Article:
Motivating others is a topic we learned a lot in school, but we were never really taught how to do it. Let’s face it; trying to influence others to behave or act in a certain way is challenging. It’s hard enough under normal circumstances, to think about what inspires others, but when we feel like we are just barely surviving through a global pandemic, whose thinking about thriving? The key is motivating your team with empathy. “Empathy is often seen as an essential element of leadership, as elevating the performance of others requires the ability to understand how they feel.”
With the aftermath of COVID, we need to be empathetic – to appreciate and understand the incredible stress, tension and anxiety people are feeling. We need to recognize, engage, and support our employees through these challenging times. Each employee has different needs and preferences when it comes to feeling appreciated for their efforts, feeling connected to their team, and fulfilled in their roles. Therefore, leaders must flex their leadership style depending upon each employee’s needs and what motivates their people to do their best work.
So, how do you motivate your team and stimulate positivity in your workplace? The answer: emotional intelligence. By understanding your own emotions and those of the people around you, you can have open and honest conversations, forming strong relationships based on compassion and trust. These close relationships stimulate productivity. Workplace empathy is known to drive connectivity, regulate emotions, and reduce stress.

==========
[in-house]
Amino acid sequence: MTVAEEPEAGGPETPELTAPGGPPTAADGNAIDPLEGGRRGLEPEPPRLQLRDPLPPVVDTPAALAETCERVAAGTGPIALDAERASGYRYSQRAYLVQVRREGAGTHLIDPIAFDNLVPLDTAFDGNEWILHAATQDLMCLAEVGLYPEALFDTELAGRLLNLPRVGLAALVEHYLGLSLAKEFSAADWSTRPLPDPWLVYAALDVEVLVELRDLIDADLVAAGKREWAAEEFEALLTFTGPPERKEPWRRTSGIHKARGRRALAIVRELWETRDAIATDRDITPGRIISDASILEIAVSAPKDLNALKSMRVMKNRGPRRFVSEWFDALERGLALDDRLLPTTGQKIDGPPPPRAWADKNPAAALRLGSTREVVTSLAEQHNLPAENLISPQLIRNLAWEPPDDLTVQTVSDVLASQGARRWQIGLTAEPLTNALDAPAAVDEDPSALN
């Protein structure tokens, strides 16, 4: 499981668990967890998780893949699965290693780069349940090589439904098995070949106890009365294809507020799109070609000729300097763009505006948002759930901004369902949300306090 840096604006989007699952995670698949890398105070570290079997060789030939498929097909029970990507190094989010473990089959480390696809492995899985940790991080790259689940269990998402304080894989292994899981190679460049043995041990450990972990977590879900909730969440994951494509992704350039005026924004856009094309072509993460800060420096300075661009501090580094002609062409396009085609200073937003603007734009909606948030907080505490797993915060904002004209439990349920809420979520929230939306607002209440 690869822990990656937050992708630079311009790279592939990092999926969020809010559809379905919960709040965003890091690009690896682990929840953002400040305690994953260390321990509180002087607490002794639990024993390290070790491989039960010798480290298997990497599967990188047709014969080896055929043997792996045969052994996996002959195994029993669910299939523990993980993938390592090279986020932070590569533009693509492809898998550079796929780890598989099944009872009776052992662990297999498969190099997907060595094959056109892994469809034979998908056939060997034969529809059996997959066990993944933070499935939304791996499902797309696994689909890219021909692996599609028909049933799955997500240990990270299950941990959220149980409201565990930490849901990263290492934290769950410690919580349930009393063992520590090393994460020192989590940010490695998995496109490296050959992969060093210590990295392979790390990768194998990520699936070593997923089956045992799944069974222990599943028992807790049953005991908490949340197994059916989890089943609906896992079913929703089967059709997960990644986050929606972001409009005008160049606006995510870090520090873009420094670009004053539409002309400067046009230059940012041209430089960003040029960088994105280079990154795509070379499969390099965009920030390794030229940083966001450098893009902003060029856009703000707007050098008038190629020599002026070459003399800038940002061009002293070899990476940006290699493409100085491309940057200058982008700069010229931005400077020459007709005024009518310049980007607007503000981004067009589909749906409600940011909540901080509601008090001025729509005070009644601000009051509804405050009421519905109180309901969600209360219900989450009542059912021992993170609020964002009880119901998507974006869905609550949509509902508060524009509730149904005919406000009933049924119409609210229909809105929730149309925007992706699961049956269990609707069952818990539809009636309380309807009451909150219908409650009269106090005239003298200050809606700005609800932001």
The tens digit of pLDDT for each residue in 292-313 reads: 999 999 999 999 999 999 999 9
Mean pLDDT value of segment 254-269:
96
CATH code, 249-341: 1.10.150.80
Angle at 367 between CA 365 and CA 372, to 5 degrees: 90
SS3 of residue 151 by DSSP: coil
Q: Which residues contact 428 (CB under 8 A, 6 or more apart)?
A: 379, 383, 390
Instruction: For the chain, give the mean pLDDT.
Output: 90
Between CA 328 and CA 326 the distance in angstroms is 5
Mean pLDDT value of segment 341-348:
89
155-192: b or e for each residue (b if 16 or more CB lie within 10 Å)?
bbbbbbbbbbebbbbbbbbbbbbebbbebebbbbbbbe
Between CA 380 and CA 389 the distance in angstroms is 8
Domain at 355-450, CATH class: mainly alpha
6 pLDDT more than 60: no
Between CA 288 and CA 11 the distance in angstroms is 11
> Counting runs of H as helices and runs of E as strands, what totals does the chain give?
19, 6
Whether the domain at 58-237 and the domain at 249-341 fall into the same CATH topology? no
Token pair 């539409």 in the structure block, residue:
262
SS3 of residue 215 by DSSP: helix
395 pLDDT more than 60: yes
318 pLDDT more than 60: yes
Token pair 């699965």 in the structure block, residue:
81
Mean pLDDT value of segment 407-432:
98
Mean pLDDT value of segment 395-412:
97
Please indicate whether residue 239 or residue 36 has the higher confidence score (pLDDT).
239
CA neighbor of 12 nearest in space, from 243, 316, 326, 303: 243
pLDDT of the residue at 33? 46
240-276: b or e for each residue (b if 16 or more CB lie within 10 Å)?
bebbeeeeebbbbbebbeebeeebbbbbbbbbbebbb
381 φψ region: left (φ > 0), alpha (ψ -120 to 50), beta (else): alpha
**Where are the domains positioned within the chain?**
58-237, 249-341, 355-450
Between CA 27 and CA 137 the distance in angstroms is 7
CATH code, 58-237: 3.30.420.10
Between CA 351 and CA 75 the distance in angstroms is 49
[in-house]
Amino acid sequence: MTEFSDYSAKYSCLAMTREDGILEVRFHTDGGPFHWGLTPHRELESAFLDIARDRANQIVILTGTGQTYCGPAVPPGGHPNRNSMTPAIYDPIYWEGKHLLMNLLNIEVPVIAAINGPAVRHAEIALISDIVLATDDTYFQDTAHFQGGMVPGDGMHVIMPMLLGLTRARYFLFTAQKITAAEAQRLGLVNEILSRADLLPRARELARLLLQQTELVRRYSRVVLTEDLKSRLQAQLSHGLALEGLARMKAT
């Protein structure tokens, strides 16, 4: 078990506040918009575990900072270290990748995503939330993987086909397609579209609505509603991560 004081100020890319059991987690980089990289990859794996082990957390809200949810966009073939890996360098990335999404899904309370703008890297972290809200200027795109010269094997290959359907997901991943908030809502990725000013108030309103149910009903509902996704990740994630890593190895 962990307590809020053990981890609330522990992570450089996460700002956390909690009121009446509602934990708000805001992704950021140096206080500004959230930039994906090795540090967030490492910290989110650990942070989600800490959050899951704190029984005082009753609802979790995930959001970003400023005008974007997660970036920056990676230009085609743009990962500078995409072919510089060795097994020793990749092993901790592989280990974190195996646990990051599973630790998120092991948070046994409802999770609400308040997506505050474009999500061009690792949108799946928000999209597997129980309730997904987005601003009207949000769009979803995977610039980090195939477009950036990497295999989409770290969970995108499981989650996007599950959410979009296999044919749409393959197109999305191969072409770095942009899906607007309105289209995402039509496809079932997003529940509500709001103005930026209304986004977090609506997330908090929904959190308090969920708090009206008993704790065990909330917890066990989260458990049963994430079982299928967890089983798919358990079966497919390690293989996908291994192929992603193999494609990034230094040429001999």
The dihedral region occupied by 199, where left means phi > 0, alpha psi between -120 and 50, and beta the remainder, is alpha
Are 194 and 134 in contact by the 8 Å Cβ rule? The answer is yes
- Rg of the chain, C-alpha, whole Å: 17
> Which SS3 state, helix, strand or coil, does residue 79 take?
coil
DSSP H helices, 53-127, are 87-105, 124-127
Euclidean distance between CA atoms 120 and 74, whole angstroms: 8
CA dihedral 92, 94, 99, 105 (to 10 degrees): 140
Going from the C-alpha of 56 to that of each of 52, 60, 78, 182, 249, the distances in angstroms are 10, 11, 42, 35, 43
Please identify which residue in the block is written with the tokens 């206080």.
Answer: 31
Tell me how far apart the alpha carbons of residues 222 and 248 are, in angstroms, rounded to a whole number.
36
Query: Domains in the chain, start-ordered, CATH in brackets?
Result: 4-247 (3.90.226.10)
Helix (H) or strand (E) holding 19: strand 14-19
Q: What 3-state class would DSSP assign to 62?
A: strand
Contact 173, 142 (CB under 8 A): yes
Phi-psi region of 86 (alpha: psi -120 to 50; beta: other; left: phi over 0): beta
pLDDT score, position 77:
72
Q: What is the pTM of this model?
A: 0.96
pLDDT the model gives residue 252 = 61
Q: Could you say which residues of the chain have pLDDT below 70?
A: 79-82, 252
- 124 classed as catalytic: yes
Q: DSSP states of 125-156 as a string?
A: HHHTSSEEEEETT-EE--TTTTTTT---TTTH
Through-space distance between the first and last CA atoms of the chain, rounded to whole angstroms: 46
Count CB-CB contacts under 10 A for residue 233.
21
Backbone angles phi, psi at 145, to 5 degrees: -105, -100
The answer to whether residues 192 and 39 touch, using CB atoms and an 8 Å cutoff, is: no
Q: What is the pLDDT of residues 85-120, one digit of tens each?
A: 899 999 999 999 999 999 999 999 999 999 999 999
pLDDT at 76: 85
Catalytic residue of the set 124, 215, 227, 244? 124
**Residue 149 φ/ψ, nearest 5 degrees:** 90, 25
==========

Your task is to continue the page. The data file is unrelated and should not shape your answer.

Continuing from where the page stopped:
How to Motivate Your Team With Empathy
In my last blog, Communicating Together Apart, I discussed the importance of removing the ‘one size fits all’ perspective and understanding your team’s individual needs. Leaders can create a culture where open, honest communication is the standard. Two-way conversations on what you need to feel motivated and how your leader can help support you are critical. Motivation is deeply rooted in a person’s passions, values and beliefs. Discovering what is beyond what they say and do each day (beyond the surface) is critical to understanding how to inspire them to be all they can be.
Although a challenging task, motivating through empathy is mainly in the employer’s hands. Peter Drucker defined leadership as “lifting a person’s vision to higher sights, raising a person’s performance to a higher standard, the building of a personality beyond its normal limitations.” You don’t want your employees to go through the motions during the week, just waiting to get to the weekend. You need to become attuned with and pay attention to your team. Leaders need to go the extra mile to make employees feel heard, seen, cared for, and respected.
Below are three tips to help in motivating your team with empathy in the workplace.
1. Listen Attentively
The first step to motivate with empathy is to listen to what your employees have to say. In the book, Co-Active Coaching, the authors explain the three levels of listening. Level 1 is an exchange where the listener’s fundamental focus is on their thoughts, opinions, judgments, and feelings. This level of listening is ideal when you have a decision to make or when we need to collect information. Level 2 involves noticing what is said, but how it is said. It involves paying attention to the tone of voice, body language, and facial expressions. In his book The Seven Habits of Highly Successful People, Steven Covey discusses this listening as habit 5 – “Seek first to understand, then to be understood.” In other words, listen first, then speak. Level 3 listening involves doing everything at Level 2, plus using intuition and being open to receiving more information in any form that it presents itself. It means tuning in not only to the conversation but to the environment.
Having one-on-one private conversations with your employees can help you understand not only how they want to be motivated but what is also holding them back. With the uncertainty of the current world, it is impossible to know what individuals are going through unless you encourage these candid conversations.